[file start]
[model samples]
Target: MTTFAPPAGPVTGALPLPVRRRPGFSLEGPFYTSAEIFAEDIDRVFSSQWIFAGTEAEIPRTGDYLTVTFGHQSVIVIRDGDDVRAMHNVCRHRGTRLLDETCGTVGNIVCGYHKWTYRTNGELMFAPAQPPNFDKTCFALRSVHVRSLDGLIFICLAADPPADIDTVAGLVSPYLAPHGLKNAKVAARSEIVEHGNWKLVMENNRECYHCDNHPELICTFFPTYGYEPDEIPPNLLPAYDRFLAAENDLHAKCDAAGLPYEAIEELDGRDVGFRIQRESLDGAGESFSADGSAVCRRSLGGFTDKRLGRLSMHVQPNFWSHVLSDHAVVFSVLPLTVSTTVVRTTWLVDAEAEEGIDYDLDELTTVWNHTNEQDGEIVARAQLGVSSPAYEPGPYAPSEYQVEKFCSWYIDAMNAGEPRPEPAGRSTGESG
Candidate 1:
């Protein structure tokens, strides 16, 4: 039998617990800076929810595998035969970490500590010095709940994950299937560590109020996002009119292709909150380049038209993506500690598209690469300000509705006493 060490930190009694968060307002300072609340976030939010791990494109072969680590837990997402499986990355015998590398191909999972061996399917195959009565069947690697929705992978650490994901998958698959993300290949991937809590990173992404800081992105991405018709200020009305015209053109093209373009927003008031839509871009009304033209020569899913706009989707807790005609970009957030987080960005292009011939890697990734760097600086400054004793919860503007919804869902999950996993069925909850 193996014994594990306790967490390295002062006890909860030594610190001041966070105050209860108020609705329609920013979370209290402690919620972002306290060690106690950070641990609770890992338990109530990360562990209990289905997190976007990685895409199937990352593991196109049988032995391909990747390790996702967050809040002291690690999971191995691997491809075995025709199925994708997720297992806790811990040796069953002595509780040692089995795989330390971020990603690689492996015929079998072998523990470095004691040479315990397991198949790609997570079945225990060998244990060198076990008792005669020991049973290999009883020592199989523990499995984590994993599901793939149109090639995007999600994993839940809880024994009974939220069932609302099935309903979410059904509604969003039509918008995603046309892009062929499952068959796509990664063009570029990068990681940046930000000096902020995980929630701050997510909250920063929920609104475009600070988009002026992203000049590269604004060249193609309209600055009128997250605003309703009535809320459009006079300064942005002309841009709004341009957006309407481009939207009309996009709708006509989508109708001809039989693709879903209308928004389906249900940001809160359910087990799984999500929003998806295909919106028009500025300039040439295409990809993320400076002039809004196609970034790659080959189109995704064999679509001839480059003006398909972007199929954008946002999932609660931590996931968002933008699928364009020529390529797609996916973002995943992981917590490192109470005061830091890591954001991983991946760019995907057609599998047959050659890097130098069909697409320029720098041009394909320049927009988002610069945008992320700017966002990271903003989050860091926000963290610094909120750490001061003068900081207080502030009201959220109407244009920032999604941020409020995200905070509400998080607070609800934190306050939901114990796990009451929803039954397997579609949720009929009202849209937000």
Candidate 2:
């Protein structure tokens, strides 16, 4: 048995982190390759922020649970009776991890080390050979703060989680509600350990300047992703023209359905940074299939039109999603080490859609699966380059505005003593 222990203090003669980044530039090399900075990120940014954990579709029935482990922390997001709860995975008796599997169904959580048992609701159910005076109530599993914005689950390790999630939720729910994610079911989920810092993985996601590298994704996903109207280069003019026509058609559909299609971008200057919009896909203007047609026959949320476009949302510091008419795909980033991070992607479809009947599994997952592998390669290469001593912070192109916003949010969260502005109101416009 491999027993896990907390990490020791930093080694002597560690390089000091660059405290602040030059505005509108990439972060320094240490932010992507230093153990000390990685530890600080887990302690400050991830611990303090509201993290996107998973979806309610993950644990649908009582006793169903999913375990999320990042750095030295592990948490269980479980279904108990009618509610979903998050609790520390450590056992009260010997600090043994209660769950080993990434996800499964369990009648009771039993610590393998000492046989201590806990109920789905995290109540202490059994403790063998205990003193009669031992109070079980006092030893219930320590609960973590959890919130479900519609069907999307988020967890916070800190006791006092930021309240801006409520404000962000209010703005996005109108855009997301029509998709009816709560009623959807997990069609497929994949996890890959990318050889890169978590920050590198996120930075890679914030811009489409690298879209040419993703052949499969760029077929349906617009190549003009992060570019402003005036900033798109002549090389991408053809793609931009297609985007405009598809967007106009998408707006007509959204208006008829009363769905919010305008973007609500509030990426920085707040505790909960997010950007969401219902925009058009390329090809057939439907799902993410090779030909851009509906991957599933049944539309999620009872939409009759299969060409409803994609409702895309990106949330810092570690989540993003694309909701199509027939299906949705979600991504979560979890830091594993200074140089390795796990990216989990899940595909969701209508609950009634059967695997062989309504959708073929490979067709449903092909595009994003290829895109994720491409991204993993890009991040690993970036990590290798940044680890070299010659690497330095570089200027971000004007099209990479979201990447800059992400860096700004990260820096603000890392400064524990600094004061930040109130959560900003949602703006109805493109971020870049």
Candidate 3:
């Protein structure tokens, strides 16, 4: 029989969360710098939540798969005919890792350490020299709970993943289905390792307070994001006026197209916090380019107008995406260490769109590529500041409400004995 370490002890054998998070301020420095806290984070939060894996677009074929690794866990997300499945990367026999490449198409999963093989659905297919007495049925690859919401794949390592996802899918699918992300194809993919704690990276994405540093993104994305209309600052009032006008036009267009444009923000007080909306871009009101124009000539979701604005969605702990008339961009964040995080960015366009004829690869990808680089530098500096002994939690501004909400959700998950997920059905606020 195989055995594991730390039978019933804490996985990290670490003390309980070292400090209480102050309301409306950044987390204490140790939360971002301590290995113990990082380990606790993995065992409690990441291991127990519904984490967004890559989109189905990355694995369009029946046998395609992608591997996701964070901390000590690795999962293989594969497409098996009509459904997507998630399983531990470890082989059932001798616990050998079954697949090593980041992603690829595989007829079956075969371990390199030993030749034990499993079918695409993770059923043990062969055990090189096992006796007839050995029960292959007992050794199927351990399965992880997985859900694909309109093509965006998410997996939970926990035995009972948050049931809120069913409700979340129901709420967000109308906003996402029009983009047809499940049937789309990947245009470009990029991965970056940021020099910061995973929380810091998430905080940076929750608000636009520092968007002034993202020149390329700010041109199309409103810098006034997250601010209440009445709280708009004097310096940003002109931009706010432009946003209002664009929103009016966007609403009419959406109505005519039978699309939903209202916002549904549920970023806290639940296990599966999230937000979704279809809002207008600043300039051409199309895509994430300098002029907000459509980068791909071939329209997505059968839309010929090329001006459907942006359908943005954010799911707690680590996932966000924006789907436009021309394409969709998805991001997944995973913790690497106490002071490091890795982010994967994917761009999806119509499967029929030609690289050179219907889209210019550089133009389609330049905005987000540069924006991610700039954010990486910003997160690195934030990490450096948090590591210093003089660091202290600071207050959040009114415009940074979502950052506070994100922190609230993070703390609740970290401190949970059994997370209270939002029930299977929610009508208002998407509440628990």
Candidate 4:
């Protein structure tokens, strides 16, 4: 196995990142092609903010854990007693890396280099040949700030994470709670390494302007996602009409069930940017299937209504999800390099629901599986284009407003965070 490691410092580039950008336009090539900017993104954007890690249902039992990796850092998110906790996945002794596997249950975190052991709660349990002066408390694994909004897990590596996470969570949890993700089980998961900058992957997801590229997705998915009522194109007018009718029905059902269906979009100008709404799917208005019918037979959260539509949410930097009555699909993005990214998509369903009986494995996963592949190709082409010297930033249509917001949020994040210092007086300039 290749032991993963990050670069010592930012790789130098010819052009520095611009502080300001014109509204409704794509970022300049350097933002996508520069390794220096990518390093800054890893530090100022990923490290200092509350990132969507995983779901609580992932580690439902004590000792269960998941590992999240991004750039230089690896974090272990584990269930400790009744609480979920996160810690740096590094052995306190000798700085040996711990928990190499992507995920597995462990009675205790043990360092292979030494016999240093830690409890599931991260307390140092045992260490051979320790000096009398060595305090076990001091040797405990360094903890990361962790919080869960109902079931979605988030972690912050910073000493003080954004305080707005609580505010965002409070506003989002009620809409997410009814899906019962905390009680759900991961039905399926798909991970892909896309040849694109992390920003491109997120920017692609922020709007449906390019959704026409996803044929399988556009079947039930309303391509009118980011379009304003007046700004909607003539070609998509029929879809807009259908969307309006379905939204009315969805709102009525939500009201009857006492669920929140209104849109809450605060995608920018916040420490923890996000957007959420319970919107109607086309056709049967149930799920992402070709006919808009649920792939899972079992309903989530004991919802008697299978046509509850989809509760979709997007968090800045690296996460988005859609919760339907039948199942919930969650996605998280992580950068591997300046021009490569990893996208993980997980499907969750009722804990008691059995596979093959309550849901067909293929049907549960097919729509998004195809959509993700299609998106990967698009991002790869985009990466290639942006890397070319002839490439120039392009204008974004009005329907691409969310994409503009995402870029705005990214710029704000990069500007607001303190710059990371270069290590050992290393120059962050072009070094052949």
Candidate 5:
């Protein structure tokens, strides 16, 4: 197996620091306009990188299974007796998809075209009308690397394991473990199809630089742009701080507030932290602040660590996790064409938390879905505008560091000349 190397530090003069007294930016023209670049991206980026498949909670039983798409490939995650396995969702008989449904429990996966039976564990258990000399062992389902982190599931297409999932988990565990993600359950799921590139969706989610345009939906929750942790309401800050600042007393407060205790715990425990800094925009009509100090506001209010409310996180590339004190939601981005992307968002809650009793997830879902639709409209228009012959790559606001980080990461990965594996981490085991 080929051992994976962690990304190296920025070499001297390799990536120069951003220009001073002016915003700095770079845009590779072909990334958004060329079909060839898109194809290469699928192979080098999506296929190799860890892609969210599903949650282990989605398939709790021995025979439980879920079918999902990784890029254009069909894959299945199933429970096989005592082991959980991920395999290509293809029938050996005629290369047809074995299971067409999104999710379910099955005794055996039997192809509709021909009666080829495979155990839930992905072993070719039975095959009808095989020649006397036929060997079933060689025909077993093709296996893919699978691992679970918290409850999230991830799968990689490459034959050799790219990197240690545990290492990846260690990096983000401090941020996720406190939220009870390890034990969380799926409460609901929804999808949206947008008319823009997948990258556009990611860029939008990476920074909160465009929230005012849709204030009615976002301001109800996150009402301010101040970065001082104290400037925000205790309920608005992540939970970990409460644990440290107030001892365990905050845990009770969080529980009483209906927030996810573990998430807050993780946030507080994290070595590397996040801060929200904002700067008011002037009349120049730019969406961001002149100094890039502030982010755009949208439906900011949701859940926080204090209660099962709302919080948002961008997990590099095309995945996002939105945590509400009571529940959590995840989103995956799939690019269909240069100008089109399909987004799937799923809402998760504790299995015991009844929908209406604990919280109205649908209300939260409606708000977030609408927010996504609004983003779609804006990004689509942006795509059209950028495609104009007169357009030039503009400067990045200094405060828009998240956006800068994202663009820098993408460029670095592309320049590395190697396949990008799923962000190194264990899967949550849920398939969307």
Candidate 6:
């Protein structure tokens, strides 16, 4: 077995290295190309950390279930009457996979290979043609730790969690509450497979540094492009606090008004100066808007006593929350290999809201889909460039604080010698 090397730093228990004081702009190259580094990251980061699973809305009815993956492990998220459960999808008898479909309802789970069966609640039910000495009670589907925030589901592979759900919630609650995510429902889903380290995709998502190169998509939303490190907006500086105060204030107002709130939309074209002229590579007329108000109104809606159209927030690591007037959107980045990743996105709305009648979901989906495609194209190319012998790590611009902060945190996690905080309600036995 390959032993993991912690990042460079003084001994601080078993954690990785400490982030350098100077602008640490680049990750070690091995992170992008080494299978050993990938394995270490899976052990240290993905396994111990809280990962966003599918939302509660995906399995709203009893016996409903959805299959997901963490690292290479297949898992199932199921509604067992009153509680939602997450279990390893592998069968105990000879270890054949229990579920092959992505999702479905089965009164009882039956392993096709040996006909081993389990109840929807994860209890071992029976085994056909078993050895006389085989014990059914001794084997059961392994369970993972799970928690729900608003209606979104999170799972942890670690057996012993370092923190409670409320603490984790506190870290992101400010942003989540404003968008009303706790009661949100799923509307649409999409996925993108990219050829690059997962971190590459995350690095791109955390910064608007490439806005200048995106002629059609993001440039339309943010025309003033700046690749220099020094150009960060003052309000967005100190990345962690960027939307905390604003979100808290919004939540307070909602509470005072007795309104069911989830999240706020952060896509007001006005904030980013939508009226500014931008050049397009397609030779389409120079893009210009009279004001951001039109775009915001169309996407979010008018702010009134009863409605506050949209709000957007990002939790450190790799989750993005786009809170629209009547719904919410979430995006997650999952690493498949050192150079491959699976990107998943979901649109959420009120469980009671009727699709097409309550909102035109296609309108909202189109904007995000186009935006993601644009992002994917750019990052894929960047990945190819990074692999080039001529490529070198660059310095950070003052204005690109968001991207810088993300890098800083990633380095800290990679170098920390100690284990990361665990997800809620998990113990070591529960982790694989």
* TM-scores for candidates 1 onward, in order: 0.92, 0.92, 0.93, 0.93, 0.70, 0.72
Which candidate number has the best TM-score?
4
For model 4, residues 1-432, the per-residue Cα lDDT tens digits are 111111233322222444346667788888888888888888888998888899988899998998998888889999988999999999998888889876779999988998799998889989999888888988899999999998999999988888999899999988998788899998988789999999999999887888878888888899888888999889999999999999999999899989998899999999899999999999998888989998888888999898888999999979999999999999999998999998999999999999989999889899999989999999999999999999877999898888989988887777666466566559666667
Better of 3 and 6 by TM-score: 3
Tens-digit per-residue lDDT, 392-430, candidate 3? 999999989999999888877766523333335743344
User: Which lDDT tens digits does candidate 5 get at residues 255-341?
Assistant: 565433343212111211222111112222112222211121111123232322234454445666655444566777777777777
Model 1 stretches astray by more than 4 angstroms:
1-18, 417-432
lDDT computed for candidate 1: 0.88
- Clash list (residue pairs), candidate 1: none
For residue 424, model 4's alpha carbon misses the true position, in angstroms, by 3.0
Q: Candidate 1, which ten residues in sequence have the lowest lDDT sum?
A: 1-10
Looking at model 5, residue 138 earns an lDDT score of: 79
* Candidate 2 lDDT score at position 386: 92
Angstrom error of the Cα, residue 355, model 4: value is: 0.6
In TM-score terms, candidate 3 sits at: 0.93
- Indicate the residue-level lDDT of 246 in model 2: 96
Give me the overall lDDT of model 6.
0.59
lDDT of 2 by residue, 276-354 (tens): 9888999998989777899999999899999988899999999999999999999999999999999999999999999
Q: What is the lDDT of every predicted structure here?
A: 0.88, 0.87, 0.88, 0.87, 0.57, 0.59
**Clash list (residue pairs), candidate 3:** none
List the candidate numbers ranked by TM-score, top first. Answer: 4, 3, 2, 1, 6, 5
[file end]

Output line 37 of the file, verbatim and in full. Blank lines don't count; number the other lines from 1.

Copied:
lDDT of 2 by residue, 276-354 (tens): 9888999998989777899999999899999988899999999999999999999999999999999999999999999